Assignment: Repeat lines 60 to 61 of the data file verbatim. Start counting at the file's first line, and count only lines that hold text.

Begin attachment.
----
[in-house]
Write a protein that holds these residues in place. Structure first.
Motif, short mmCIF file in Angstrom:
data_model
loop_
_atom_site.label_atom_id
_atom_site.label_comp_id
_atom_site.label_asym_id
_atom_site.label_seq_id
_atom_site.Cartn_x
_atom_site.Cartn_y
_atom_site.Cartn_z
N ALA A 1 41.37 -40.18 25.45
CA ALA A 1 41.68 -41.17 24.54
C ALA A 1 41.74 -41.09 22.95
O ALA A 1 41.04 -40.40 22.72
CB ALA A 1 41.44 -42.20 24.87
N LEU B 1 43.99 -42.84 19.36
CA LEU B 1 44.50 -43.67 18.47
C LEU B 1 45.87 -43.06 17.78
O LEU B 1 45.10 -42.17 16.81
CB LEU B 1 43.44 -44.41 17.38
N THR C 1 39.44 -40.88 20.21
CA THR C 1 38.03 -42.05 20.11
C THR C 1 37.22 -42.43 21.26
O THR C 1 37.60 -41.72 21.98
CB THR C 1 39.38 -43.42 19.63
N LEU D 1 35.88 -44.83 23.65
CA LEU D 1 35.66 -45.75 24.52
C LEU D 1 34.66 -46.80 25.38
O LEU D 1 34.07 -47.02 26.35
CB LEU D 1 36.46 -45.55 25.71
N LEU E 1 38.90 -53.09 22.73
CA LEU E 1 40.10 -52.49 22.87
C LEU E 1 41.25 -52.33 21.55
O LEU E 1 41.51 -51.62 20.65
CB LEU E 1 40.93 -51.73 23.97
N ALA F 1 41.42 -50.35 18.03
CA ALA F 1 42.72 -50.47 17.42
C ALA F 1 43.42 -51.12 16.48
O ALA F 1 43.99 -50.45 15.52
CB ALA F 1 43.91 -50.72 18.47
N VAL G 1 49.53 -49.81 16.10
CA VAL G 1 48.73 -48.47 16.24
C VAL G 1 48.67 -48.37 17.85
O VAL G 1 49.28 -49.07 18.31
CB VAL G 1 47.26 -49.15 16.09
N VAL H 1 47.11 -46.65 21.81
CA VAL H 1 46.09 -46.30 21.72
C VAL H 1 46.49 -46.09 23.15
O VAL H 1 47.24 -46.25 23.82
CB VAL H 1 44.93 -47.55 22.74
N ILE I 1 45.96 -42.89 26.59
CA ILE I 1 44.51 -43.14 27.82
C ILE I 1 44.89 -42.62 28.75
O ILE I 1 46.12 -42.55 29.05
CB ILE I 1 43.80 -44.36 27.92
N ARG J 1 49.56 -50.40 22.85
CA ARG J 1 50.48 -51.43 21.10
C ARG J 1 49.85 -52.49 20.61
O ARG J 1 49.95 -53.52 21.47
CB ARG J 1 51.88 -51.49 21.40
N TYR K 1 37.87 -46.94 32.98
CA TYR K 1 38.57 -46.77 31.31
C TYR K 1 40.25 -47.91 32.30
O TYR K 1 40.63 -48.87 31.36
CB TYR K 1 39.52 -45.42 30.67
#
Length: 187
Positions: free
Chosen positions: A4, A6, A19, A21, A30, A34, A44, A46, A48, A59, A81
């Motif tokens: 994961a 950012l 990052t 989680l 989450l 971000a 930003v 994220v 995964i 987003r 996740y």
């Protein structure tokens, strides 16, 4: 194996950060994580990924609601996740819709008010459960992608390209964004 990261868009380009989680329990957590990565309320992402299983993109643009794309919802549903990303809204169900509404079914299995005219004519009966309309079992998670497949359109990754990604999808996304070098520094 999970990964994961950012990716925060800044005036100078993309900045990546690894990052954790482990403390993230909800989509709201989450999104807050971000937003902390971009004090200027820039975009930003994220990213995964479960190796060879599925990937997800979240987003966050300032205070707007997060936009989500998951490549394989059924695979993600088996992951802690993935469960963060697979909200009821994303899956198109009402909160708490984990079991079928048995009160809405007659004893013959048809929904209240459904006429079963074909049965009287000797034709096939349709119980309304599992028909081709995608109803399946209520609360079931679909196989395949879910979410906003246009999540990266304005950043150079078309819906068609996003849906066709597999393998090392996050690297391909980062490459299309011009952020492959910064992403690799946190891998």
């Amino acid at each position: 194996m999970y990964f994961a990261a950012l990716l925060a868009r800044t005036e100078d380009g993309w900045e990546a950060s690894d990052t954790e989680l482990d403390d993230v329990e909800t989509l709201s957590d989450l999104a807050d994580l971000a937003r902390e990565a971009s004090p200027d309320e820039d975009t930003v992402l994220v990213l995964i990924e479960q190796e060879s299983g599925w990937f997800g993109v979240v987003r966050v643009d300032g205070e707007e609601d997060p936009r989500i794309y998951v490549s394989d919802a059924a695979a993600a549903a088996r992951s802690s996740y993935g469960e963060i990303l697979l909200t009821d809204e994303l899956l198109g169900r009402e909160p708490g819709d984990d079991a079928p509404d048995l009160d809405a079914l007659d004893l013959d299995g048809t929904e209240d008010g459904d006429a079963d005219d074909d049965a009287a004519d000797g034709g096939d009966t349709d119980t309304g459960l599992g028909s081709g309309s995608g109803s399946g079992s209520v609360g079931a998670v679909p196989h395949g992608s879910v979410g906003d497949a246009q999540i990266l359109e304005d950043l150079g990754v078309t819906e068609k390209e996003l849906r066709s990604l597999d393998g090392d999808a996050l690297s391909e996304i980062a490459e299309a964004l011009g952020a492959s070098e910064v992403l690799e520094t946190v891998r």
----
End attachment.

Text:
C ARG J 1 49.85 -52.49 20.61
O ARG J 1 49.95 -53.52 21.47